Weak bet sizing tells

You can really pin down the strength of someone’s hand through their bet sizing especially if they lead somewhat weak af...

Posted Apr 27, 2015

Contributor

Bart Hanson

Bart Hanson

Owner and Lead Pro

You can really pin down the strength of someone’s hand through their bet sizing especially if they lead somewhat weak after making an aggressive play.

Just like I have discussed in previous articles about three betting preflop, it is very important to recognize the bet sizing of your opponents as many times it will give away the strength of their hand. Many recreational player that have hands that are strong but can get drawn out on tend to size their bets a lot larger because they do not want the pain of a bad beat. So when you notice a player make an aggressive action at the pot and then follow up that action with a sizing that does not indicate a ton of strength, many times they are uncomfortable with their holding. The exception to this of course is when they deem their hand to be unbeatable now—like if they have made a full house.

Let us take a look at a hand where I think I did not make the proper play recognizing strength followed by weak sizing--leading to lost value. I was under the gun +2 at the Commerce Casino’s $5-$10 $1500 cap game in Los Angeles, CA. The game was fairly good and the villain in the hand was a rather weak recreational player. I picked up two black kings and raised it to $35. It got folded around to the villain who had about the same stack that I did, $1700, and he called. The flop came out 9 6 6. The villain checked and I decided to bet kind of small, $45, possibly to induce him to make a move with a draw or overplay some weaker made hand. He took a look at the board, went back to his chips and quickly made it $155. Again this could very easily have been a play with a flush draw or some other hand that he wanted to protect. It is of course possible that he may have flopped trips but I thought I could figure that out by what he did on later streets so I decided to call. You have to remember that when playing a deeper stack in no limit holdem you do not want to make a play that folds out all weaker hands and only allows better to continue on.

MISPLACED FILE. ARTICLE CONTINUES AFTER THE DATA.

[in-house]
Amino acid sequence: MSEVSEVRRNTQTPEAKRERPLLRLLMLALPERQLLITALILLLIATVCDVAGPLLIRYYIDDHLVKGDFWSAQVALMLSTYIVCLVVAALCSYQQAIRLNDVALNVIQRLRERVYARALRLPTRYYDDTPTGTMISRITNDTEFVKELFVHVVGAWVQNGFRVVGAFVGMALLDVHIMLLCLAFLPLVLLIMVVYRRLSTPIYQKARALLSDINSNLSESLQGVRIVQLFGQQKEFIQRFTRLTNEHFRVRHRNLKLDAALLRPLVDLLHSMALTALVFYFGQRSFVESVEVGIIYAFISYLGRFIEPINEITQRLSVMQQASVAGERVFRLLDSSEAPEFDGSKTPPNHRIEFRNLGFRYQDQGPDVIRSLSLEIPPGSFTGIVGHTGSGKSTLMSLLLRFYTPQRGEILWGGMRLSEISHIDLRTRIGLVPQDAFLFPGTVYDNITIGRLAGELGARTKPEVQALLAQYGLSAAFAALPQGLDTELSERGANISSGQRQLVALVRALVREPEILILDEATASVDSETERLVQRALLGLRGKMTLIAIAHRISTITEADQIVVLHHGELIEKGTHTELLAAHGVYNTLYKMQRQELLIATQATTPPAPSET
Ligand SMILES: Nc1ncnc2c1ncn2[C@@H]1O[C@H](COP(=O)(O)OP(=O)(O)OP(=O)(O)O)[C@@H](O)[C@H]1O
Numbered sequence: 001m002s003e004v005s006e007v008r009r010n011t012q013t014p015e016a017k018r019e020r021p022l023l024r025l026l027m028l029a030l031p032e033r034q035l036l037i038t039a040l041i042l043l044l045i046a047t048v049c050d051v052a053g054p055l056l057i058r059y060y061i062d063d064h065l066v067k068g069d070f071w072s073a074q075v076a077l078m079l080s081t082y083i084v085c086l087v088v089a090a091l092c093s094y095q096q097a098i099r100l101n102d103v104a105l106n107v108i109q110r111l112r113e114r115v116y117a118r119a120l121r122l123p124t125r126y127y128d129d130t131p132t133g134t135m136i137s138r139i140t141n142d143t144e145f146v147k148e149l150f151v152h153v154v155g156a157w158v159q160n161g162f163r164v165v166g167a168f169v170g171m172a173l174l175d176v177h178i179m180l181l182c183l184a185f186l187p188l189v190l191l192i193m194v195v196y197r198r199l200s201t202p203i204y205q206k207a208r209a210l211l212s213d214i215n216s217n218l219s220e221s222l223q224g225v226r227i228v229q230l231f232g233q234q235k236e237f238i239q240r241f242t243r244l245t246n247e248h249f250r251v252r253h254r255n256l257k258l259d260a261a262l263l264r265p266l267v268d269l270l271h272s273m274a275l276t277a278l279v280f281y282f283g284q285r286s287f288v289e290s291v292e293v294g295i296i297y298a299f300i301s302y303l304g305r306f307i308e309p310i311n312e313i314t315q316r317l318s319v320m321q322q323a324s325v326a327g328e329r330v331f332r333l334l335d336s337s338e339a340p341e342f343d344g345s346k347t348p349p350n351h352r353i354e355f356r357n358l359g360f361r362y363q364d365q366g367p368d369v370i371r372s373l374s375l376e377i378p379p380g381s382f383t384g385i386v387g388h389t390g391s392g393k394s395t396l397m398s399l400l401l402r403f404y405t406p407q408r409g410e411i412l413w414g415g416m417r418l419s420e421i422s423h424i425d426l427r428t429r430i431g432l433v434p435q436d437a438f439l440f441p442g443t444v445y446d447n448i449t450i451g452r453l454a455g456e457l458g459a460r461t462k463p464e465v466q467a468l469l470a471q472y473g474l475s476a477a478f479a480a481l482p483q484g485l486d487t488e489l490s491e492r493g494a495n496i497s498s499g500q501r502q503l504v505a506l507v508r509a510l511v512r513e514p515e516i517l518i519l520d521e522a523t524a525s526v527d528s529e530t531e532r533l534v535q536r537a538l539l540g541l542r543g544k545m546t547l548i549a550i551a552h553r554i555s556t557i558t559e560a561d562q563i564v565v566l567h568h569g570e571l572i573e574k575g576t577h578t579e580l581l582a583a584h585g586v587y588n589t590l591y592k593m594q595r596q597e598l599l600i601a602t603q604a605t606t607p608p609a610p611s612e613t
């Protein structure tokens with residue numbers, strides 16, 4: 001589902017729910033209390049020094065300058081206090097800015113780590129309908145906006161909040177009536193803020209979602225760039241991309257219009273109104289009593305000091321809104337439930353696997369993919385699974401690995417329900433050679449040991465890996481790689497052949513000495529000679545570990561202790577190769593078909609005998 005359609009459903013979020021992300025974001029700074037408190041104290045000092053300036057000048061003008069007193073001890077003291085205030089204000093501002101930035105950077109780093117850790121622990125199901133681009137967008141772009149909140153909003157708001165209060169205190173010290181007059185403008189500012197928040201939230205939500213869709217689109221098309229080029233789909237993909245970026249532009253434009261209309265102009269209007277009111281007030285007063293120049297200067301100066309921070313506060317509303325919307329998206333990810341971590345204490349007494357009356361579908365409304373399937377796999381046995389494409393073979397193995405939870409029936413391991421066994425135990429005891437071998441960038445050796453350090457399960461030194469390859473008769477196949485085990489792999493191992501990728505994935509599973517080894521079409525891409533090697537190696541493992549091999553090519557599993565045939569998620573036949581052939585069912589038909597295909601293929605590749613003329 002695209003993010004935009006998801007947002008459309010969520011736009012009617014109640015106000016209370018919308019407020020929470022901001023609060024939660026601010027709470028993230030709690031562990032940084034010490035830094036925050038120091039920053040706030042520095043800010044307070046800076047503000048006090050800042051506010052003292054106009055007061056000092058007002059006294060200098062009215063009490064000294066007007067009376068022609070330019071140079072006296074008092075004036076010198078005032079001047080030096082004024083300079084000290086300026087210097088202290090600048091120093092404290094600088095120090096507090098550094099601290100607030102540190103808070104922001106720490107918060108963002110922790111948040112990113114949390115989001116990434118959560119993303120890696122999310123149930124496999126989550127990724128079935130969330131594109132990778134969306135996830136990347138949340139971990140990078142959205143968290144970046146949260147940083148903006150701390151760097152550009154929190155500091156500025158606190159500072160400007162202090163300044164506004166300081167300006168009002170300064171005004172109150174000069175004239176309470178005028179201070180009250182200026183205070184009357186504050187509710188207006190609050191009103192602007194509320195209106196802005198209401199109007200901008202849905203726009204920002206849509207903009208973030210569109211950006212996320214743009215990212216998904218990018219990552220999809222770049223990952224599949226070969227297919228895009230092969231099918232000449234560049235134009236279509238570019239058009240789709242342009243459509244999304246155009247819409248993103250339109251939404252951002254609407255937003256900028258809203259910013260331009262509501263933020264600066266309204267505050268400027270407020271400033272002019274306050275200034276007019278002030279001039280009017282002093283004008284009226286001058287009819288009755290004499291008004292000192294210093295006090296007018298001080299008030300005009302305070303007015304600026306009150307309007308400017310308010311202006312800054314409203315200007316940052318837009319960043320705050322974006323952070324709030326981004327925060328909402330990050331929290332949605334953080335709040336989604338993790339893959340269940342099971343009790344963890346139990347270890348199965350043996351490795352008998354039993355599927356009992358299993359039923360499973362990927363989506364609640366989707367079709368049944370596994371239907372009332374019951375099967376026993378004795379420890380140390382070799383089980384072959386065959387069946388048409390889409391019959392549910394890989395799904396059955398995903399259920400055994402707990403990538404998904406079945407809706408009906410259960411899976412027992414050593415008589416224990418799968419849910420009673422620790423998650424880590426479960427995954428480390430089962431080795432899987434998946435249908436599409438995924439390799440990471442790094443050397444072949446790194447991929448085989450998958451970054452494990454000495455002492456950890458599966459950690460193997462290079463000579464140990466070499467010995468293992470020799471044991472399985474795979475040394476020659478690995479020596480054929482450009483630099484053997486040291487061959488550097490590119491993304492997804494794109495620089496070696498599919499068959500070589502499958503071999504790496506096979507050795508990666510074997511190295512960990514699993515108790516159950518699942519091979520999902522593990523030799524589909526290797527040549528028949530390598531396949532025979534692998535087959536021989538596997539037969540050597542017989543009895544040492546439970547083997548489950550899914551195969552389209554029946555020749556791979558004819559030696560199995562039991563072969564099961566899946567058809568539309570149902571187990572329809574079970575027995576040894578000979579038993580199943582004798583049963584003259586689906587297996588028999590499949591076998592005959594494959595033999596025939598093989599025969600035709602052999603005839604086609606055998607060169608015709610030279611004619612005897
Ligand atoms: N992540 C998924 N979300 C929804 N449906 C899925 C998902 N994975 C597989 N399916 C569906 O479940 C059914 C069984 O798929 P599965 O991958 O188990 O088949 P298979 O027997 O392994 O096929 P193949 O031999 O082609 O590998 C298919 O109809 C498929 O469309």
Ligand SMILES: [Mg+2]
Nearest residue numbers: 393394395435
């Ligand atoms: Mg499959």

The turn brought on the Q, a total brick, unless of course he had the queen high flush draw. Much to my surprise the villain now bet out only $160, a fairly weak sizing in comparison to the pot AND his previous street’s bet. Usually, when someone follows up with a bet of the same size as their previous bet they are not all that strong. This is really where I think I messed the hand up. I was thinking that I wanted to “protect” my stack against a 6 and not wanting to get all weaker hands to fold, I decided to call again. The reason why I thought that this play was a mistake was the fact that I think if I had sized a raise to say $350, draws and other weaker hands might have called. His sizing was not at all consistent with him having trip 6s now, unless the queen filled him up which was super unlikely. The only reason to call instead of raise would be if I thought he would continue to bluff the river with spades or if I thought I could make my hand look like a spade draw myself and get an extra street of value at the end.

The river came of the 2 and the big blind checked. I thought about it for a bit and finally bet $320. My opponent went into the tank for a few minutes, postured and then folded. His actions made me think that he may have had a weak hand hand like pocket sevens that he was protecting but figured that I had him beat after I had called his two bets earlier. Again, there are some reasons why calling the turn here might be superior to raising, but when we think it is unlikely that our opponent has trip 6s because of his bet sizing and we do not get the extra street of value on the river we have definitely lost money.

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